At the New Yorker, Jelani Cobb points out that Dylann Roof’s alleged murder of six black women and three black men during a Bible-study class in Charleston last week “was nothing less than an act of terror.” David Remnick calls the merciful responses by relatives of the victims a “superhuman form of endurance and pity.”
Jess Row’s novel Your Face in Mine, which came out last August, tells the story of a white man who has undergone “racial reassignment surgery” in order to become black. This character, Martin, “has diagnosed himself with what he calls Racial Identity Dysphoria Syndrome, and claims that he has always been black—that he was born in the wrong body.” Last week, with the Rachel Dolezal story in full force, Row found “a version of my novel was leaving the realm of the imaginary and becoming news.” Row compares the news and his novel in a new essay, noting the “nefarious” nature of Martin’s project, but also offering a complicated view of the fantasies around racial reassignment: “There are some people born into positions of power and privilege who are driven to, for lack of a better word, vacate themselves. This can originate in a deep political commitment, in radical feelings of empathy, in the trauma of feeling complicit in acts of violence, in what the critic Anne Cheng calls ‘racial melancholia,’ or even, perhaps, simply in a feeling that they were born in the wrong body. This impulse-to-vacate is problematic, to say the least, and dangerous at worst. But it exists. I’ve felt it myself. I believe it’s much more widespread than most of us imagine.”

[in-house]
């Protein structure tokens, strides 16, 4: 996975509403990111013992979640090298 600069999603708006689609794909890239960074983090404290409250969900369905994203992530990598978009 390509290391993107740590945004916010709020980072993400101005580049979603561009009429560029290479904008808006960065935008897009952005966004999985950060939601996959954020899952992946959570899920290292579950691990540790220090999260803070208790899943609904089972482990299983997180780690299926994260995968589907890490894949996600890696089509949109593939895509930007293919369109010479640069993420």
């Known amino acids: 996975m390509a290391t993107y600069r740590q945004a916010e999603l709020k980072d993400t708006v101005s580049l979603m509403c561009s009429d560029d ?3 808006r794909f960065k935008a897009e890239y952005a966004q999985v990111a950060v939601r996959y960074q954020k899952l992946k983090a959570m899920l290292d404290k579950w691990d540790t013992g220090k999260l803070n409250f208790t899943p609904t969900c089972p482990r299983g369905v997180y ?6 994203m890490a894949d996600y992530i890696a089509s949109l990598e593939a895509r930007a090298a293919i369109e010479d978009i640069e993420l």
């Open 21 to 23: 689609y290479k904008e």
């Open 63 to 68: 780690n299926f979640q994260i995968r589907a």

The Wall Street Journal wonders who will publish Pope Francis’s statement on global warming, which will soon “be up for grabs.” Apparently, Dennis Loy Johnson of Melville House Press has contacted the US Conference of Bishops to express his interest. “We’d be excited and honored to publish it,” he said. “This kind of activist publishing is exactly what Melville House is all about.”
Vanessa Grigoriadis has been hired as a staff writer at the New York Times Magazine.
Geoff Dyer remembers Ornette Coleman.